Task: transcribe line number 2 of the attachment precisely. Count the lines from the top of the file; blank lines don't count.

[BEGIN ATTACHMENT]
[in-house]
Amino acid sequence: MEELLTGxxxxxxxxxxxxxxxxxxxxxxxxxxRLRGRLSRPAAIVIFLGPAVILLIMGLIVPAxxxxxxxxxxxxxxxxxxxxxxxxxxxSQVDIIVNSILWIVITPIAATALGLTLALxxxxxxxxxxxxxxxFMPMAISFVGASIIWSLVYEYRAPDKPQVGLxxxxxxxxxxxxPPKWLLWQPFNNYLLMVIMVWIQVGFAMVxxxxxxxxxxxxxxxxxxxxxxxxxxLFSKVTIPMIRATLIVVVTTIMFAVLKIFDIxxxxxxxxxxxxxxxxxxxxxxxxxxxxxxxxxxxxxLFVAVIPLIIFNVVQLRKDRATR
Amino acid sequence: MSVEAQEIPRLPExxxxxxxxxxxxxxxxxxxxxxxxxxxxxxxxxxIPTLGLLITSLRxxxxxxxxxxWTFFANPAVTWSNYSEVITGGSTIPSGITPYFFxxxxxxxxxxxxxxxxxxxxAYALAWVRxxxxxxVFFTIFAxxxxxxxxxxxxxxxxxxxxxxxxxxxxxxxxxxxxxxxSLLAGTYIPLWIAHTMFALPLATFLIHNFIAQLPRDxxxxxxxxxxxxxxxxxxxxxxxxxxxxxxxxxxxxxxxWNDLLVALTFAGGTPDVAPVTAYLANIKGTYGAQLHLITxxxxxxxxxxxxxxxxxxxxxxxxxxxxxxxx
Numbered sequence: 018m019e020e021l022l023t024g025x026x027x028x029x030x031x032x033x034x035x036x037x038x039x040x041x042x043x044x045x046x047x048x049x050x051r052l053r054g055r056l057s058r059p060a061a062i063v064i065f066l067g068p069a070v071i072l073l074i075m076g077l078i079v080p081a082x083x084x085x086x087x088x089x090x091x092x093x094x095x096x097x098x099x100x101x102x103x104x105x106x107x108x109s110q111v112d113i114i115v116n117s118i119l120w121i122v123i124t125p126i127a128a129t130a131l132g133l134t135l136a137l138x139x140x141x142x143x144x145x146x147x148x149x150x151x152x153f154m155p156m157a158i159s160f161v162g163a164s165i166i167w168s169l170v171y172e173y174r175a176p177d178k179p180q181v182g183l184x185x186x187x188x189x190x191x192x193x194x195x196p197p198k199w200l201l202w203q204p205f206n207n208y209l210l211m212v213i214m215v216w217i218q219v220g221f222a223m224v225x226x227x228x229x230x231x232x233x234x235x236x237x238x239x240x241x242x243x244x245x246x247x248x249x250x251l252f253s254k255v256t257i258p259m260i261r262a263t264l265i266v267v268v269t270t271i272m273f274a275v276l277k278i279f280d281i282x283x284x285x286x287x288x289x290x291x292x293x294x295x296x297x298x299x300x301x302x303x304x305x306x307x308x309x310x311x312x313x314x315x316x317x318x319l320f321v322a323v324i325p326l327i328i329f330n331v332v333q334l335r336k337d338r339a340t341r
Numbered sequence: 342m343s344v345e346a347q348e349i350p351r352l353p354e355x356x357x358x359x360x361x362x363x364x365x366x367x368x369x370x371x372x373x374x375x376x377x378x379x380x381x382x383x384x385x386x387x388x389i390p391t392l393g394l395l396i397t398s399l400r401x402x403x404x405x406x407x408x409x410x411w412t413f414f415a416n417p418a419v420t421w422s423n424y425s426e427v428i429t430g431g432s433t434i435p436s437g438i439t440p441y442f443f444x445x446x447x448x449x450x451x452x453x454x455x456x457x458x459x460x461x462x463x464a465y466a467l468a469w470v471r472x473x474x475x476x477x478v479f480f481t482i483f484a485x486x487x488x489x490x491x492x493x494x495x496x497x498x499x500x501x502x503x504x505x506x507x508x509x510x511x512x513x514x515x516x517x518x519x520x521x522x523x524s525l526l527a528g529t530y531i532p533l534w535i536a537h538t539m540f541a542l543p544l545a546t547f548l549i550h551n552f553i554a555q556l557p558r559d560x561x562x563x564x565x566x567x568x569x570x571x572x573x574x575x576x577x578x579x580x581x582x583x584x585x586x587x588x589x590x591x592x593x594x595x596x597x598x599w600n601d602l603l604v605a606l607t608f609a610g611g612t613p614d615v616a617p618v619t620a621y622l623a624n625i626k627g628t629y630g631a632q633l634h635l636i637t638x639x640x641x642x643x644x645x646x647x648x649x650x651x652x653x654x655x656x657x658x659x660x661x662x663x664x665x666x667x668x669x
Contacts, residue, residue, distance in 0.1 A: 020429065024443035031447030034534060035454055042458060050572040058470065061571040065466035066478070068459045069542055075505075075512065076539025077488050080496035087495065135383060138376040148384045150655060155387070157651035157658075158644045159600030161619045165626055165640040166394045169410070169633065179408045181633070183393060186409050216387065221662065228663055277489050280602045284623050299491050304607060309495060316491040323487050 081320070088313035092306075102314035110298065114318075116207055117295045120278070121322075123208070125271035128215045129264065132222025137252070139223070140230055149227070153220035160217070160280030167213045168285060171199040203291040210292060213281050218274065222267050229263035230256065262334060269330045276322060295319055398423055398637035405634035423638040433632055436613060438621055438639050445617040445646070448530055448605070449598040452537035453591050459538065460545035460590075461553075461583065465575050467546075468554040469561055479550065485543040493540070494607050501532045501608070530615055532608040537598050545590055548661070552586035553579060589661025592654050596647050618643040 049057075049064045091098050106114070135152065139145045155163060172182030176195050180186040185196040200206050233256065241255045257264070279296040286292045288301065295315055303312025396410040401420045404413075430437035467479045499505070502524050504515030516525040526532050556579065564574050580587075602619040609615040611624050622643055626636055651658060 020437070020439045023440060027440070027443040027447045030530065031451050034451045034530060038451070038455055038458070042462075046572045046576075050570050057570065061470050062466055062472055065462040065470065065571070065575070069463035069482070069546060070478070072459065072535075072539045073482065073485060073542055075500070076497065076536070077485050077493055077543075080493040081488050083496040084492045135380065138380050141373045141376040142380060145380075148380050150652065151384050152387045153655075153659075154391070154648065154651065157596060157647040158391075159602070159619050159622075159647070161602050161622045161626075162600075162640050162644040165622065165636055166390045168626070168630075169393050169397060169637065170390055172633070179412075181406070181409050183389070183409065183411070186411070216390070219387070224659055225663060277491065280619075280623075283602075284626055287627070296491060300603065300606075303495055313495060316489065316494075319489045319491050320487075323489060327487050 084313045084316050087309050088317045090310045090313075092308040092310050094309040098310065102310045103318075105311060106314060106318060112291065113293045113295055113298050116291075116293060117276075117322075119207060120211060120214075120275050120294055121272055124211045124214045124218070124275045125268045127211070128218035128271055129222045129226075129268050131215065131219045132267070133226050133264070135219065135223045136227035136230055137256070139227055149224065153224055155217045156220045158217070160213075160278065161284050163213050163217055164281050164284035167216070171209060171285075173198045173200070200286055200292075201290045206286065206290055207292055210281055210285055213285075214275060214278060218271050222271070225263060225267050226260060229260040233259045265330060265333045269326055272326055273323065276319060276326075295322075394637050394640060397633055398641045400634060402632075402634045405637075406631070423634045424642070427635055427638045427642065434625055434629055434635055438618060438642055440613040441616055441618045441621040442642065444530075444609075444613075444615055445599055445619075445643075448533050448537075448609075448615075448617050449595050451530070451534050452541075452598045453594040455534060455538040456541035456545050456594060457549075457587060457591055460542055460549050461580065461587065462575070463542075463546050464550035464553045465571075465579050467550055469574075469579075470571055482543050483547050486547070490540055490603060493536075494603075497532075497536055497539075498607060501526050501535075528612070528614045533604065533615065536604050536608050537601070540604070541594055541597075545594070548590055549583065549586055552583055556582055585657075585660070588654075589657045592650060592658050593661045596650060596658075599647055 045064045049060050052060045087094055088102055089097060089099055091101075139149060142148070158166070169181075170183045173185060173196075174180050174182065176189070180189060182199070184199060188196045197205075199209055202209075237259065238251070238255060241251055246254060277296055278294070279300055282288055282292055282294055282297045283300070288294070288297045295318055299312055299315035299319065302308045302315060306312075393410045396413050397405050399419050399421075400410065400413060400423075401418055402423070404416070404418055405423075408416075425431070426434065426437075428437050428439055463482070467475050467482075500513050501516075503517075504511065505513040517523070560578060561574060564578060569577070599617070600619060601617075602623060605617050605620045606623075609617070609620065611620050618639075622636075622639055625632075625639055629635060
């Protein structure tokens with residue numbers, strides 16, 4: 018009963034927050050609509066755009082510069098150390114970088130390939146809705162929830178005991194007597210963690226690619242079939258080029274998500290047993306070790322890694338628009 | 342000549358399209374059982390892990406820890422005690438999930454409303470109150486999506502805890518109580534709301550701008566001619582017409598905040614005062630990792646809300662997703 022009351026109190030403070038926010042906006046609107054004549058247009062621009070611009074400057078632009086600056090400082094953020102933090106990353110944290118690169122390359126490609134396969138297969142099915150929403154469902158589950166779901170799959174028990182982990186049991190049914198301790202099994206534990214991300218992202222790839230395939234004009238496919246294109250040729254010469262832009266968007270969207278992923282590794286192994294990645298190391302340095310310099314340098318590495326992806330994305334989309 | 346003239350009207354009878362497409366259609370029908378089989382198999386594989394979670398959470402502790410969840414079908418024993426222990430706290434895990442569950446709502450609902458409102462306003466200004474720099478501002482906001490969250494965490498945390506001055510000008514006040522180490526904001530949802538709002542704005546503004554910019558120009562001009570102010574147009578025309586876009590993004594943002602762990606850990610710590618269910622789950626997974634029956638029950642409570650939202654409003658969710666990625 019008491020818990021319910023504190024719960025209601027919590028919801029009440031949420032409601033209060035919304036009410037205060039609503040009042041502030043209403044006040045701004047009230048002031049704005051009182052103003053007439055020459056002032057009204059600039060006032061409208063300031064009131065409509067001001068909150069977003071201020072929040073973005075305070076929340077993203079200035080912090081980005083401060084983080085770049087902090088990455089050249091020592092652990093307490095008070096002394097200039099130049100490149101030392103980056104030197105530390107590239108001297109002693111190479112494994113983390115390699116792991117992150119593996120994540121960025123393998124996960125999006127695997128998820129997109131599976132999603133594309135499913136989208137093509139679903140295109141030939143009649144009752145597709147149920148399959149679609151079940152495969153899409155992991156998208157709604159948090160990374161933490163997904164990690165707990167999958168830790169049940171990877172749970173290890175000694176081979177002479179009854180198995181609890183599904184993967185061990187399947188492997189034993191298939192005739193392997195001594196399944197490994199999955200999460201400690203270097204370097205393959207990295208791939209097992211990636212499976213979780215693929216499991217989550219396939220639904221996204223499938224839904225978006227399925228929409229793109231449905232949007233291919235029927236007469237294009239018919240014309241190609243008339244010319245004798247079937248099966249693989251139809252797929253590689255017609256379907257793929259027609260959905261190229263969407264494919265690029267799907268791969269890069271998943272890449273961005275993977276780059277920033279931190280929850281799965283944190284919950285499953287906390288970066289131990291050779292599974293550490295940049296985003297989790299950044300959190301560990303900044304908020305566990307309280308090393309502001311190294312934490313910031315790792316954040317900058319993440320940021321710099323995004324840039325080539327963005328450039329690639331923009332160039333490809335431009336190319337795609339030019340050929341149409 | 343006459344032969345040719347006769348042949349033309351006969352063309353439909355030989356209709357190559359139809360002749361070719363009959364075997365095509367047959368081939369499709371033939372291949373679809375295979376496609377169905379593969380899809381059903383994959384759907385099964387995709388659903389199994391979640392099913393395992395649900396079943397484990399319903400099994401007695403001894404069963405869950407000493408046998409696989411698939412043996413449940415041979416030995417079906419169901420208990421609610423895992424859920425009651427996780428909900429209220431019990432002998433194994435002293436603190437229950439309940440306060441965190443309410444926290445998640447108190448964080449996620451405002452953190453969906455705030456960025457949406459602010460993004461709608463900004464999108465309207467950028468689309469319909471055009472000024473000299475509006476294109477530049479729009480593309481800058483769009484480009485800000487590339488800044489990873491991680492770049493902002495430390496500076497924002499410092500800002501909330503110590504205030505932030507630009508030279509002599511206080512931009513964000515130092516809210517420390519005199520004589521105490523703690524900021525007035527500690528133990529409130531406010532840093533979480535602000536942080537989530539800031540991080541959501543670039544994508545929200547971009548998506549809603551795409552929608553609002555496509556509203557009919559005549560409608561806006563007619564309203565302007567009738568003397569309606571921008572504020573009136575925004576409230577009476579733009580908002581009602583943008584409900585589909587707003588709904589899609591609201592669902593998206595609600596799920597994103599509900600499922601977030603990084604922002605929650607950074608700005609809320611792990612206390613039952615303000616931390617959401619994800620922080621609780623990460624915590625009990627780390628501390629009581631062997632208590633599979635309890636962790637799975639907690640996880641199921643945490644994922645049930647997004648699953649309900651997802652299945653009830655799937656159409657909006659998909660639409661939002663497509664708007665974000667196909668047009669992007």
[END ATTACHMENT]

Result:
Amino acid sequence: MEELLTGxxxxxxxxxxxxxxxxxxxxxxxxxxRLRGRLSRPAAIVIFLGPAVILLIMGLIVPAxxxxxxxxxxxxxxxxxxxxxxxxxxxSQVDIIVNSILWIVITPIAATALGLTLALxxxxxxxxxxxxxxxFMPMAISFVGASIIWSLVYEYRAPDKPQVGLxxxxxxxxxxxxPPKWLLWQPFNNYLLMVIMVWIQVGFAMVxxxxxxxxxxxxxxxxxxxxxxxxxxLFSKVTIPMIRATLIVVVTTIMFAVLKIFDIxxxxxxxxxxxxxxxxxxxxxxxxxxxxxxxxxxxxxLFVAVIPLIIFNVVQLRKDRATR